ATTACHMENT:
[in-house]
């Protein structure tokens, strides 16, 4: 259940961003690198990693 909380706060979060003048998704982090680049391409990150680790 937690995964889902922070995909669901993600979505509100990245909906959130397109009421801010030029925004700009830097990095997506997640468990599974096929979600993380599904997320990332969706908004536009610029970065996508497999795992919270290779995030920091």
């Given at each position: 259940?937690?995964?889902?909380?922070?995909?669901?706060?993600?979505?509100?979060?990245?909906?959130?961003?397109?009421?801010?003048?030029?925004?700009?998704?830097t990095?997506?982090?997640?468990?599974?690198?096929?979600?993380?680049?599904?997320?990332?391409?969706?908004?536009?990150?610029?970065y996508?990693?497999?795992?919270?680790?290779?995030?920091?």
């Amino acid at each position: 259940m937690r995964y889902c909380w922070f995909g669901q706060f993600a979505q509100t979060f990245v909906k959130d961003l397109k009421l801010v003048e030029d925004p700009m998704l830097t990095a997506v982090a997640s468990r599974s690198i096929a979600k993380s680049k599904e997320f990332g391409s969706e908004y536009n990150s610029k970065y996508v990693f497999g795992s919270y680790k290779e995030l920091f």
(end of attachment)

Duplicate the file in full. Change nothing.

[in-house]
């Protein structure tokens, strides 16, 4: 259940961003690198990693 909380706060979060003048998704982090680049391409990150680790 937690995964889902922070995909669901993600979505509100990245909906959130397109009421801010030029925004700009830097990095997506997640468990599974096929979600993380599904997320990332969706908004536009610029970065996508497999795992919270290779995030920091």
């Given at each position: 259940?937690?995964?889902?909380?922070?995909?669901?706060?993600?979505?509100?979060?990245?909906?959130?961003?397109?009421?801010?003048?030029?925004?700009?998704?830097t990095?997506?982090?997640?468990?599974?690198?096929?979600?993380?680049?599904?997320?990332?391409?969706?908004?536009?990150?610029?970065y996508?990693?497999?795992?919270?680790?290779?995030?920091?």
């Amino acid at each position: 259940m937690r995964y889902c909380w922070f995909g669901q706060f993600a979505q509100t979060f990245v909906k959130d961003l397109k009421l801010v003048e030029d925004p700009m998704l830097t990095a997506v982090a997640s468990r599974s690198i096929a979600k993380s680049k599904e997320f990332g391409s969706e908004y536009n990150s610029k970065y996508v990693f497999g795992s919270y680790k290779e995030l920091f």